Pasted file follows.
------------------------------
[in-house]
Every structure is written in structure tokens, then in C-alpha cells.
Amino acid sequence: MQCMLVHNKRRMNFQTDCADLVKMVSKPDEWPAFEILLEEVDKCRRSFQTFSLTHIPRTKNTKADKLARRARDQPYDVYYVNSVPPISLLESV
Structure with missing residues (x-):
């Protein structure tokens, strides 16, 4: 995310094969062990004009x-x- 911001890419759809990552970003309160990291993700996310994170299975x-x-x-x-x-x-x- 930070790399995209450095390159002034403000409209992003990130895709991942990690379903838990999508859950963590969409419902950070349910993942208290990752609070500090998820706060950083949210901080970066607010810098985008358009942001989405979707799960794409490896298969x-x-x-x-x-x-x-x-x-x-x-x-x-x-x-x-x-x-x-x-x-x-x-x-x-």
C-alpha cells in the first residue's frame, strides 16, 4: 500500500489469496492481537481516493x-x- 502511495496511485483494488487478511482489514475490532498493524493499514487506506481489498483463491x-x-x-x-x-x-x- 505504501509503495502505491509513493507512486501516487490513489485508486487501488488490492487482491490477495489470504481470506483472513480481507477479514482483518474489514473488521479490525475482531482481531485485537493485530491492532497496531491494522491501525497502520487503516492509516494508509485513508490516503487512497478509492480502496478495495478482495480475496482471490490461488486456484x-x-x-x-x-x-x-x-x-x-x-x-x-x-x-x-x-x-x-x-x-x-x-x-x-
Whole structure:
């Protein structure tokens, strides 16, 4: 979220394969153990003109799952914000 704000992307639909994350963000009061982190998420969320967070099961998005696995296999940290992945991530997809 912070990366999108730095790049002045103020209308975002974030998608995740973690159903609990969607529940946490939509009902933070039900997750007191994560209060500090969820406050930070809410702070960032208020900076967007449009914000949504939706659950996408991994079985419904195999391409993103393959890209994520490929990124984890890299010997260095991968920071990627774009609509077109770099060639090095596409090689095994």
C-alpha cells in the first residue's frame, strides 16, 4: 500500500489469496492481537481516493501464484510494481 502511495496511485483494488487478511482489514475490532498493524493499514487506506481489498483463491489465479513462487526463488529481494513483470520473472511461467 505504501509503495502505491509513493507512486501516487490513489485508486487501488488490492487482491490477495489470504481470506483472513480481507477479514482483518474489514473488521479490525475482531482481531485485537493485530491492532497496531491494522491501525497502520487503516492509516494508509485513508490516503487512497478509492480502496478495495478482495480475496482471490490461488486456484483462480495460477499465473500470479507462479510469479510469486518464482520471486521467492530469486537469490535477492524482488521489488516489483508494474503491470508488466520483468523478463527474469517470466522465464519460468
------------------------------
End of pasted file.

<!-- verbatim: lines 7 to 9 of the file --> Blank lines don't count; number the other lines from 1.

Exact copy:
Whole structure:
């Protein structure tokens, strides 16, 4: 979220394969153990003109799952914000 704000992307639909994350963000009061982190998420969320967070099961998005696995296999940290992945991530997809 912070990366999108730095790049002045103020209308975002974030998608995740973690159903609990969607529940946490939509009902933070039900997750007191994560209060500090969820406050930070809410702070960032208020900076967007449009914000949504939706659950996408991994079985419904195999391409993103393959890209994520490929990124984890890299010997260095991968920071990627774009609509077109770099060639090095596409090689095994």
C-alpha cells in the first residue's frame, strides 16, 4: 500500500489469496492481537481516493501464484510494481 502511495496511485483494488487478511482489514475490532498493524493499514487506506481489498483463491489465479513462487526463488529481494513483470520473472511461467 505504501509503495502505491509513493507512486501516487490513489485508486487501488488490492487482491490477495489470504481470506483472513480481507477479514482483518474489514473488521479490525475482531482481531485485537493485530491492532497496531491494522491501525497502520487503516492509516494508509485513508490516503487512497478509492480502496478495495478482495480475496482471490490461488486456484483462480495460477499465473500470479507462479510469479510469486518464482520471486521467492530469486537469490535477492524482488521489488516489483508494474503491470508488466520483468523478463527474469517470466522465464519460468